The so-called stages.worm virus comes in email attachments from messages containing one of 12 randomly generated subject lines, including "Funny" and "Jokes." Like the "I Love You" and Melissa viruses, stages.worm replicates itself through Microsoft's Outlook Express email program. It also targets IRC (Internet Relay Chat) and America Online's ICQ instant messaging service.
The attachment shows up as LIFE_STAGES.TXT.
According to reports, the virus had caused email systems shutdowns at four Fortune 100 companies yesterday. Antivirus software company Network Associates raised its warning on the "stages" worm from "low" to "high" based on the number of infections reported, according to the company?s Web site.
Vincent Gullotto, director of Network Associates' Anti-Virus Response Team (AVERT), said yesterday that about 50 customers reported seeing the virus.
"We found the virus two weeks ago and assessed its risk as low," Gullotto said. "But over the weekend we had a couple of large global corporations report the virus, and then...numbers started to mount."
The virus does not destroy files or otherwise damage computer systems, he added.
A notice posted on Symantec's Web site said that the virus could potentially overwhelm email servers.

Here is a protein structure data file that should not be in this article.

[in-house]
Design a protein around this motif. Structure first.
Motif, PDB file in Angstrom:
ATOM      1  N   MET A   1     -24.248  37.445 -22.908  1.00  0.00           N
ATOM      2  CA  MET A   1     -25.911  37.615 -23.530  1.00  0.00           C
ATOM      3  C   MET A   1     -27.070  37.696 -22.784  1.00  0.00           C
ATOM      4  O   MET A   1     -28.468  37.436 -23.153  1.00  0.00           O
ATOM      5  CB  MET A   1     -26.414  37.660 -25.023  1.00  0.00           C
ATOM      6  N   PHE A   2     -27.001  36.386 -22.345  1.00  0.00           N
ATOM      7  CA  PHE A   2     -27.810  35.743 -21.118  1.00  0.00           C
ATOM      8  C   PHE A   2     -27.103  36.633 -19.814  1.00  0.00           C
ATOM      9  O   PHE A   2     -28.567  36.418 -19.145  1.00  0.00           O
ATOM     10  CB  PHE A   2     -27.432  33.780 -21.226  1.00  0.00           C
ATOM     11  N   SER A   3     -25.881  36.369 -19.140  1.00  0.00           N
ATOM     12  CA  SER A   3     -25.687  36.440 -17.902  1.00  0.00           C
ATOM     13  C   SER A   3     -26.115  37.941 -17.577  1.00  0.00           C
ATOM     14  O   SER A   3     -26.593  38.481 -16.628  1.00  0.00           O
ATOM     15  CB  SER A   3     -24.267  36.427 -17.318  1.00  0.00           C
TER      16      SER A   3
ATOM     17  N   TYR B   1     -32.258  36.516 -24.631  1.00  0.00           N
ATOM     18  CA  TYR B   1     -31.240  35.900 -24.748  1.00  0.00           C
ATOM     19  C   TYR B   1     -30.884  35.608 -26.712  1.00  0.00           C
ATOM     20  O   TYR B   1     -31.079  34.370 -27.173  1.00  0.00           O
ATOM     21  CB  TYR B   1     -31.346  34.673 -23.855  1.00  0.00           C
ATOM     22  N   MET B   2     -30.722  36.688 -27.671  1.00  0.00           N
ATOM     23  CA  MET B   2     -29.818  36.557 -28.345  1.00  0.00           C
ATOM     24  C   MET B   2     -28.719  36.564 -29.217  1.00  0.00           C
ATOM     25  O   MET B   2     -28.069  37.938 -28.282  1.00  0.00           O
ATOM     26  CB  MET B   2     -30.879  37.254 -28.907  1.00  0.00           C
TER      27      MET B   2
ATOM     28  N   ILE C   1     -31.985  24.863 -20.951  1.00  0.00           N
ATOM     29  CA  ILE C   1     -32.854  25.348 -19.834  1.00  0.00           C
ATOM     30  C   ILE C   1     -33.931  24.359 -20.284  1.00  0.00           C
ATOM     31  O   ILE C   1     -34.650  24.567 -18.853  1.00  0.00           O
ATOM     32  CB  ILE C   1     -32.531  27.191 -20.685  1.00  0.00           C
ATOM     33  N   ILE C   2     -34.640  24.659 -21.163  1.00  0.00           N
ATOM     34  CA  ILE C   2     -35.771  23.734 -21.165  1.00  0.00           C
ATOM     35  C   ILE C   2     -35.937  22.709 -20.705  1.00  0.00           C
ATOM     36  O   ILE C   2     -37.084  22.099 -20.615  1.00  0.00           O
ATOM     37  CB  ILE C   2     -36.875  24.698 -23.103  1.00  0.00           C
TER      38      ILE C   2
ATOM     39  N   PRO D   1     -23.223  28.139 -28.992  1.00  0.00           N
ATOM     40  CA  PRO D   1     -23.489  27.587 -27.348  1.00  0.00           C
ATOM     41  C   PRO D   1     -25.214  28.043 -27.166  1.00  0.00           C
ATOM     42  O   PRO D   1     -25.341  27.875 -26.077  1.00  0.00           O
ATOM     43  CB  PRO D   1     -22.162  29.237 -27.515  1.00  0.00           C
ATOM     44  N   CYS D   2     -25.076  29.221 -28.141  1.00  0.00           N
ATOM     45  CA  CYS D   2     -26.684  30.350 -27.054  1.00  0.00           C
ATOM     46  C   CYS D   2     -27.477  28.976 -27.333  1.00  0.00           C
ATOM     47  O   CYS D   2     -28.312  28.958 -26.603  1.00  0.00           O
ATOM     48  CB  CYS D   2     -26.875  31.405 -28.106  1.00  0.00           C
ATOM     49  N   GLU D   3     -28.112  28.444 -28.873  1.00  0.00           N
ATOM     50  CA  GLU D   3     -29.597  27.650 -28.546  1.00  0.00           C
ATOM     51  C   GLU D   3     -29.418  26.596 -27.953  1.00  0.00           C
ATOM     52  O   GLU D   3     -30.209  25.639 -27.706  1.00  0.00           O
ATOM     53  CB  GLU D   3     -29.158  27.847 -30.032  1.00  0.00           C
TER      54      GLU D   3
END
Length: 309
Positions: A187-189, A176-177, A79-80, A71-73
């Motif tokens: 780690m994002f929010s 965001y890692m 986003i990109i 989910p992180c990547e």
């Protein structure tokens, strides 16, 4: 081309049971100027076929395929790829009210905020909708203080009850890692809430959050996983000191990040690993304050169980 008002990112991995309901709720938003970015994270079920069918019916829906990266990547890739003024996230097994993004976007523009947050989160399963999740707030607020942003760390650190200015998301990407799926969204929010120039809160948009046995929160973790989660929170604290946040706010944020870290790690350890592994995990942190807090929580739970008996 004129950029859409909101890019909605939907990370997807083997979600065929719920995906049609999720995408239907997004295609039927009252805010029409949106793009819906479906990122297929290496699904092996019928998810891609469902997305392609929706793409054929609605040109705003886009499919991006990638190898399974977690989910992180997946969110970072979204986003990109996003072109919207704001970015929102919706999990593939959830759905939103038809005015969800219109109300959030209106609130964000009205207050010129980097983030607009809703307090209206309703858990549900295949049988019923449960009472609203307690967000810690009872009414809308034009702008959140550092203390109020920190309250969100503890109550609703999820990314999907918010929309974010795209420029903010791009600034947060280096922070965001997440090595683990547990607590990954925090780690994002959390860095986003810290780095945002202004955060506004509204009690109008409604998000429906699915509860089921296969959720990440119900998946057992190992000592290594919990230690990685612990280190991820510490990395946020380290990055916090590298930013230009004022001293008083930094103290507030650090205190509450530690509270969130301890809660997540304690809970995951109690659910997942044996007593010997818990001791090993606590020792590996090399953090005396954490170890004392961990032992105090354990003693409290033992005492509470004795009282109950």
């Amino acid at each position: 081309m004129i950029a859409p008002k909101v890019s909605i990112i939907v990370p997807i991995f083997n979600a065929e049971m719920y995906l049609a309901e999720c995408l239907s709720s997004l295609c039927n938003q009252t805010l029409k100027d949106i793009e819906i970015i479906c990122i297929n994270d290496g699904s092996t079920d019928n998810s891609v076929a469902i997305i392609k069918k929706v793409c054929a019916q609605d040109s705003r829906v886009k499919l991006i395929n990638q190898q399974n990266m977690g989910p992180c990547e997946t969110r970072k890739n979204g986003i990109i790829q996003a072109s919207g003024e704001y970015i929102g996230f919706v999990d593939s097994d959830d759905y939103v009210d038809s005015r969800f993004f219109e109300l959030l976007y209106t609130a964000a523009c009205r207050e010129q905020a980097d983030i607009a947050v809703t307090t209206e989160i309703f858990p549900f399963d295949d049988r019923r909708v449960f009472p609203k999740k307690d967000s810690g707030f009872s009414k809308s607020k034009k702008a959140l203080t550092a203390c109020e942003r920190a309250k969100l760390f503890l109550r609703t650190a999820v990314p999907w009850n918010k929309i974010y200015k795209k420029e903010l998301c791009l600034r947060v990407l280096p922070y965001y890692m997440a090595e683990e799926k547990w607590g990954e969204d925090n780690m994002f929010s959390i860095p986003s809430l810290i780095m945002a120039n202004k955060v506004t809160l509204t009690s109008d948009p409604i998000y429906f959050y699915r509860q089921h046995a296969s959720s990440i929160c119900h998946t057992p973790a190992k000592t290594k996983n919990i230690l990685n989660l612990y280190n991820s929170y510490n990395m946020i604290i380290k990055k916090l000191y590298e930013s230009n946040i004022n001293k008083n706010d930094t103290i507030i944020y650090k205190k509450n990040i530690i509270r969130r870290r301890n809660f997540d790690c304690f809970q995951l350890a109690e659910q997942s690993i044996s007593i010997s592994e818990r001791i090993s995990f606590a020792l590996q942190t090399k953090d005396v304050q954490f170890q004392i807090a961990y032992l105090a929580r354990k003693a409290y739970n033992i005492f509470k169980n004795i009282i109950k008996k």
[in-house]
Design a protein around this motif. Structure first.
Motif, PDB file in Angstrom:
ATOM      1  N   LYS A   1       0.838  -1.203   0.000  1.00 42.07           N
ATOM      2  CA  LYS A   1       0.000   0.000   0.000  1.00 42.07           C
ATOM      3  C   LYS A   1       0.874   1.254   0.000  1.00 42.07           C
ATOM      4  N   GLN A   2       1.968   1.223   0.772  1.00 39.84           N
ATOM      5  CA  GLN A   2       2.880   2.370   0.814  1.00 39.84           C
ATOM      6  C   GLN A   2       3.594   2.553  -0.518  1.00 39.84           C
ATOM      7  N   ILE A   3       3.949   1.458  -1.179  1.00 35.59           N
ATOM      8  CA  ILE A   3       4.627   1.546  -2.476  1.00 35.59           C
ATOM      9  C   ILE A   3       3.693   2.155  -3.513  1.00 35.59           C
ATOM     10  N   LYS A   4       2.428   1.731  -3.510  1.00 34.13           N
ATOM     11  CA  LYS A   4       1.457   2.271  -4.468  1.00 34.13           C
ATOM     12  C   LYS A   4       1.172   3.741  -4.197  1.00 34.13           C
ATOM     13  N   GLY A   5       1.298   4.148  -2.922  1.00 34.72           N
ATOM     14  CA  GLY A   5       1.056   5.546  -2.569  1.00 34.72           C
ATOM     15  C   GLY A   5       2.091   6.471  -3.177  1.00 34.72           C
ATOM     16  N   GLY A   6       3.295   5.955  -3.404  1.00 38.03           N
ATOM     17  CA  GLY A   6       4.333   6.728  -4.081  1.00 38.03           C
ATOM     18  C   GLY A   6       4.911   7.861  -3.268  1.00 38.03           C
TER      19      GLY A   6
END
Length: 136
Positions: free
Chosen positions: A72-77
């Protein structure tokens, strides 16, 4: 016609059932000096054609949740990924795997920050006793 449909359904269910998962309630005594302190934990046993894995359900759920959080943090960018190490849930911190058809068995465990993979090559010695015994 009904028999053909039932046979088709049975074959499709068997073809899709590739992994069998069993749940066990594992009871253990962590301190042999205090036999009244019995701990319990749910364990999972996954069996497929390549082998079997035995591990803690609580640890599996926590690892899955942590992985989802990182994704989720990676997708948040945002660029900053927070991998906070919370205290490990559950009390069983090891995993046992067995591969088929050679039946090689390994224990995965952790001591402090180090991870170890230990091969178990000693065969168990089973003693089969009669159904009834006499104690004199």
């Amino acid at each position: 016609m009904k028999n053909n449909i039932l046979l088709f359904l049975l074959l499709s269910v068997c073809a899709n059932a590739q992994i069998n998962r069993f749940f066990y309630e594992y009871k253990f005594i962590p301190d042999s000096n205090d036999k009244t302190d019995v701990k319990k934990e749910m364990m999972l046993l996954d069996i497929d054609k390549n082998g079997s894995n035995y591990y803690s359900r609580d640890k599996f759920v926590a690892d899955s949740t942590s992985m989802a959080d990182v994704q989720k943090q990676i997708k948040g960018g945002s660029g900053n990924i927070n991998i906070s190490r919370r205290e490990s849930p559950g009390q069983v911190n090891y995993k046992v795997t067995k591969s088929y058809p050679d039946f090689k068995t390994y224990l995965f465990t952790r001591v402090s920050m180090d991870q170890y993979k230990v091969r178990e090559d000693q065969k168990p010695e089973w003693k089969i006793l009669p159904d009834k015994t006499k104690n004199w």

A project manager at Symantec's antivirus research center said yesterday that his company had received close to 100 reports of infection since the worm first surfaced, but that this was "peanuts" compared to its fast-spreading predecessors such as Melissa or I Love You.
Like earlier examples of malicious programming, the worm has managed to take down a few corporate mail servers. If the virus is activated, it sends a copy of itself to every address found in an infected computer's address book.
The LIFE_STAGES.TXT attachment is a Shell Script object file, according to a report on the virus posted at Network Associates' Web site. Shell Script files carry the extension "SHS," but the extension is not normally displayed, making it easy to disguise.
Gullotto said computer users should not assume they can tell whether an attached file is safe simply by looking at the file type. He pointed to two other recent examples of disguised malicious files, Downloader and Backdoor G2, which erroneously appeared to be video files with "AVI" extensions.
The attachment includes a series of jokes about how dating changes as people get older.
The "life stages" worm masks itself as a text file, ordinarily among the most innocuous of email attachments.
Experts warned that computer users should be cautious even of these in the future, unless the content of the attachment is known in advance.
The Associated Press contributed to this report.